) raised $600 million in the biggest tech initial public offering since hard-drive maker Seagate Technology (STX
) was listed almost a year ago.
If there are any investors who still think the days of eye-popping tech IPOs will return some day, they're likely to be disappointed. As the trial of ex-Credit Suisse First Boston star tech banker Frank Quattrone begins -- he goes to court on Sept. 29, on obstruction-of-justice charges he denies -- industry observers from Wall Street to Silicon Valley say tech banking's Wild West days are gone. From now on, the first-day returns on most tech offerings are expected to stay closer to earth, 35% on average -- a far cry from the heady days of 1999, when IPOs shot up as high as 700%. Indeed, Amis's offering rose a modest 0.5% in its first day of trading.
TAKE A NUMBER. It seems that tech banking is growing up. Just as the junk-bond business settled down after the collapse of Michael R. Milken's Drexel Burnham Lambert in 1990, tech banking is evolving into a more normalized operation at many investment banks. One big reason is that most of the tricks that Wall Street used to pump up IPO prices are now forbidden. Bankers can no longer help analysts get fat bonuses in return for positive reports. They cannot promise their IPO companies stellar research ratings or even coverage. And since Wall Street has drastically downsized its tech-banking teams -- by 70% -- bankers are pickier about which potential IPO candidates they will spend their time wooing.
Many IPOs are not getting to market at all. Only 10 U.S. tech and Internet-related startups have gone public so far this year, down from 365 in 1999. In the '90s, the average was 155 a year, according to research firm Dealogic, and anything like that is out of reach for the foreseeable future. "I cannot see Morgan Stanley handling more than 10 tech IPOs a year," says Dhiren Shah, head of global tech banking at Morgan Stanley. The firm handled 32 tech IPOs in 1999.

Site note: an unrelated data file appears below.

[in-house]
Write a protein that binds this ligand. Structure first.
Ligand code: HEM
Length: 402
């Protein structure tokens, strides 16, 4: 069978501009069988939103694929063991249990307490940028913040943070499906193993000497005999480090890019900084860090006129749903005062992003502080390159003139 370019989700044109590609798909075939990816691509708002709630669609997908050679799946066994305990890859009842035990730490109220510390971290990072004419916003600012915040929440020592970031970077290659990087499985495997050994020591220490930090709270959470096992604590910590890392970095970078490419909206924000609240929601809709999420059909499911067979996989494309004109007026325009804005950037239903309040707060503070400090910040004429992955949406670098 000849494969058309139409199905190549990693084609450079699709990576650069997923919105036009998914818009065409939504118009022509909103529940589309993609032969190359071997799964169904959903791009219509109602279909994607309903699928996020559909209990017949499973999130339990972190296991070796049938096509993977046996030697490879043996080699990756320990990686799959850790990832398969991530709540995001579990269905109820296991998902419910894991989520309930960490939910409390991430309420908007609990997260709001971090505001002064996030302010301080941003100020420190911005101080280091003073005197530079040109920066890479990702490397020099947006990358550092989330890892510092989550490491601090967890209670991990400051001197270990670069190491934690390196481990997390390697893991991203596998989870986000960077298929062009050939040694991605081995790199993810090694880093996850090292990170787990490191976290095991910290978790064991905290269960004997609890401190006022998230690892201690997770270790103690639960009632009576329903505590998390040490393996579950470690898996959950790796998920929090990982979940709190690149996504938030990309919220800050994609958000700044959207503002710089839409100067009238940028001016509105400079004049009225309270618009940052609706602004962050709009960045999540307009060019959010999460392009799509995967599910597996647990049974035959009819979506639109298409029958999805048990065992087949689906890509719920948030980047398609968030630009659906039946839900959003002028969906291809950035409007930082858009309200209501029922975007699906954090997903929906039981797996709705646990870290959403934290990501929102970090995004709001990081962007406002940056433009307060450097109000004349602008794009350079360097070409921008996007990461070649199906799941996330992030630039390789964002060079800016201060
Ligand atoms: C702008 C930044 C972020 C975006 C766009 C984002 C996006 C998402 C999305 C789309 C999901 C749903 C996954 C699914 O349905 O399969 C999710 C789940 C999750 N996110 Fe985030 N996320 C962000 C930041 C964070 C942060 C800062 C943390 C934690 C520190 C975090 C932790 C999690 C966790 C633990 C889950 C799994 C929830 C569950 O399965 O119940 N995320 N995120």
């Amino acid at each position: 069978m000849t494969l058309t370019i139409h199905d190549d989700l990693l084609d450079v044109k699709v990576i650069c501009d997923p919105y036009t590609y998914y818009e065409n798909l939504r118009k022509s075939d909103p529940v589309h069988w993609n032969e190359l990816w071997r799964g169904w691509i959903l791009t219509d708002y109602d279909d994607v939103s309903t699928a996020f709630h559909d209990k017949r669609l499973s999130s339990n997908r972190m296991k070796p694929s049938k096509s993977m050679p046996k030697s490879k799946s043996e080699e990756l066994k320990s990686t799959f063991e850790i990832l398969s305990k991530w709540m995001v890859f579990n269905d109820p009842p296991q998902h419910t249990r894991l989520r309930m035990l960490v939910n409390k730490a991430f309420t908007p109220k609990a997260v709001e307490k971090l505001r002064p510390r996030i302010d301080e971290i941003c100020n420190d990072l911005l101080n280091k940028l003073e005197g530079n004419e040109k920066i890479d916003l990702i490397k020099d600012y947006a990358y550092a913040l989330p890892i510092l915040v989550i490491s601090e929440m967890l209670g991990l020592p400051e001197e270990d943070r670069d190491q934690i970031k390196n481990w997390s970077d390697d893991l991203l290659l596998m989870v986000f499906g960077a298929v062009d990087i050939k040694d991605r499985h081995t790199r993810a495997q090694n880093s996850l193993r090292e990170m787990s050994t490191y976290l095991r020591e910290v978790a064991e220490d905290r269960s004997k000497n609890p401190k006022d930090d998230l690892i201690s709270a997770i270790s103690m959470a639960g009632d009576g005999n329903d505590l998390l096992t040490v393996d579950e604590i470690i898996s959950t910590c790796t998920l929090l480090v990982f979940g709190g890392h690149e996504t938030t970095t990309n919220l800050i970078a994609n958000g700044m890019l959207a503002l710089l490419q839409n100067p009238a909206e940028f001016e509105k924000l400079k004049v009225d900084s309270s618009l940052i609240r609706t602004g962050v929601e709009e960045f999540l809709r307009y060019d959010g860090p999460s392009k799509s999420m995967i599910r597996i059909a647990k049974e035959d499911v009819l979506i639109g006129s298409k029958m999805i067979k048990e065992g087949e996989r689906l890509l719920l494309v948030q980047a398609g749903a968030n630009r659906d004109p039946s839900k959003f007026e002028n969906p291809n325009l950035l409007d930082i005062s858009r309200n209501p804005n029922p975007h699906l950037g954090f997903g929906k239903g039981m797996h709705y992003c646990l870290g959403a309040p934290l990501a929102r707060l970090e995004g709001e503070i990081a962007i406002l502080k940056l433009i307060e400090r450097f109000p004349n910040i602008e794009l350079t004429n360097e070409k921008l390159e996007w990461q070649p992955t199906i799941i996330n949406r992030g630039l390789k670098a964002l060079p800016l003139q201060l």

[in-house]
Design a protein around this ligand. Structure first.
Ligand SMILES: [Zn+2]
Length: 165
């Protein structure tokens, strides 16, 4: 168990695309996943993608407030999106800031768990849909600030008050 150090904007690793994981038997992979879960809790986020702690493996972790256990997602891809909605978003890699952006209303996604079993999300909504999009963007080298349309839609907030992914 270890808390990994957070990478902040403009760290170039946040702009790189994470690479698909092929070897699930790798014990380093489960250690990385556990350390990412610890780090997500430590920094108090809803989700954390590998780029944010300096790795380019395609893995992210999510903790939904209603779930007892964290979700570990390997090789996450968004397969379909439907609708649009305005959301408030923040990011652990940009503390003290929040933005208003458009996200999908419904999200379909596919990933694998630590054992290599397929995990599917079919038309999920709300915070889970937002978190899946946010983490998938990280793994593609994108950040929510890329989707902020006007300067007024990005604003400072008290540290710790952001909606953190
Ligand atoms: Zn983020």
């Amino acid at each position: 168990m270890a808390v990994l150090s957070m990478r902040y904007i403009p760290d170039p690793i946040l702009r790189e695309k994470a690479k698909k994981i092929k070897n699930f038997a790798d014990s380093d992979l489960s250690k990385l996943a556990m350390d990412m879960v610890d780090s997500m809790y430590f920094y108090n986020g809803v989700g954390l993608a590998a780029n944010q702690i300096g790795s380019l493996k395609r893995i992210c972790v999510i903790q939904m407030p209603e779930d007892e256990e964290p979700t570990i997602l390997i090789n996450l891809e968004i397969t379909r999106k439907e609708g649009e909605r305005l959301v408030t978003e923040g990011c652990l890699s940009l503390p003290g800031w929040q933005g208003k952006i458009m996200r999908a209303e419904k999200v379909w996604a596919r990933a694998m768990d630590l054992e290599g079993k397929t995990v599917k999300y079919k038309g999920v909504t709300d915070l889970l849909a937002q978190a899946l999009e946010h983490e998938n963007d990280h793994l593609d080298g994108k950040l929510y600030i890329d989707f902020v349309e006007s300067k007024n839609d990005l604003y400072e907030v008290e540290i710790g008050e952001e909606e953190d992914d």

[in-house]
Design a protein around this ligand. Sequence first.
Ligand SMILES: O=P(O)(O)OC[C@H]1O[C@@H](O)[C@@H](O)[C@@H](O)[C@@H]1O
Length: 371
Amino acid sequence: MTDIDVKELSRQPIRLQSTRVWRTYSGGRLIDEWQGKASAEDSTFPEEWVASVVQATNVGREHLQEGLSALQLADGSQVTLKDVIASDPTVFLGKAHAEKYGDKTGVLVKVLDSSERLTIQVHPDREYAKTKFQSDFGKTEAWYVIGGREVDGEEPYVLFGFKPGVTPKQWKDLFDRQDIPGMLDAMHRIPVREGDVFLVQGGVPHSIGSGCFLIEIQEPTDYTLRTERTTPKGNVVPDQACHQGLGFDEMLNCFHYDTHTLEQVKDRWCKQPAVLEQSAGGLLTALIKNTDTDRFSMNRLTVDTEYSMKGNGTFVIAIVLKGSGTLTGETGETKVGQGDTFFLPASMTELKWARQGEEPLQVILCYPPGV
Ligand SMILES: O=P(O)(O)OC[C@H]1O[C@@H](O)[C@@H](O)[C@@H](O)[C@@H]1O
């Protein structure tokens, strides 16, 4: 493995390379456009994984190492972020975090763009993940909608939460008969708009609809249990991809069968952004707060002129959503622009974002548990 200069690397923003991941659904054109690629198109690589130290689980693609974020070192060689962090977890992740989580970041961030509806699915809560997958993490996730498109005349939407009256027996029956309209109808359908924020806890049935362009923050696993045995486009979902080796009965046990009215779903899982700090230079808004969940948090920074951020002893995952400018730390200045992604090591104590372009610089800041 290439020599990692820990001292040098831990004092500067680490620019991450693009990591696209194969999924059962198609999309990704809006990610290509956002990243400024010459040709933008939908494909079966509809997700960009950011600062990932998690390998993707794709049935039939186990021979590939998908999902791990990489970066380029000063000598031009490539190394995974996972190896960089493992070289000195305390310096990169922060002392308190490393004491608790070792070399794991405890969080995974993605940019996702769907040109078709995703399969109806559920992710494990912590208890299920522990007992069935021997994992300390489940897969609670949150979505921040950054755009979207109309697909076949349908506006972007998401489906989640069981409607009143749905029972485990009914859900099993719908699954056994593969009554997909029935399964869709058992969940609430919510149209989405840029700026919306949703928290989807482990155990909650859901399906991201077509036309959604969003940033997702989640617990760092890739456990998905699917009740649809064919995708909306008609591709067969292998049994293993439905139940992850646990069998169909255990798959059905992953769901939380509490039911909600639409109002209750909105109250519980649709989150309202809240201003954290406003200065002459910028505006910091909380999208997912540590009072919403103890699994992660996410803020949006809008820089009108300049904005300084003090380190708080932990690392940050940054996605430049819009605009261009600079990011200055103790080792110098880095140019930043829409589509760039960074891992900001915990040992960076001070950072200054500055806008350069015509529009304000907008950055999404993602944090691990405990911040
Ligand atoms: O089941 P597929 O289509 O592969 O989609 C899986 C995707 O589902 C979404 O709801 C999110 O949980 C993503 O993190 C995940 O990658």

LOOKING FOR REVENUES. Most of the deals getting done are much smaller these days. "The typical $1 billion market-cap tech underwriting done in 1999 is now a $100 to $200 million market-cap company," says William R. Hambrecht, who runs WR Hambrecht & Co., an online IPO auction firm.
While tech banking is becoming mundane, almost dull, for investment banks, investing in tech IPOs is riskier than ever for money managers. Since bankers can't guarantee a humongous first-day jump, professional investors are exercising more caution. These days, bankers say, investors are most interested in companies that have revenues of at least $10 million a quarter -- and profits. "There actually is a strong demand for high-quality, seasoned, attractively valued tech companies," says Brad Koenig, co-head of tech, media, and telecom at Goldman, Sachs & Co. "But there are very few in the pipeline that meet the thresholds required by today's markets."
Certainly, there are signs that investors may lower their standards once again as the stock market strengthens. Amis, for example, is no paragon of consistent profitability. Although it posted profits for three years, the company reported a $6.7 million operating loss in the quarter ended June 28. And online gift shop RedEnvelope (REDE
), which listed on Sept. 24, posted a $1 million loss during that period.
Still, that's a lot different from the '90s' investor frenzy over shares issued by startups with little more than a business plan. The rules have changed. No longer will the shares of tech IPOs soar to the heavens. And that's healthy. By Emily Thornton in New York, with Faith Arner in Boston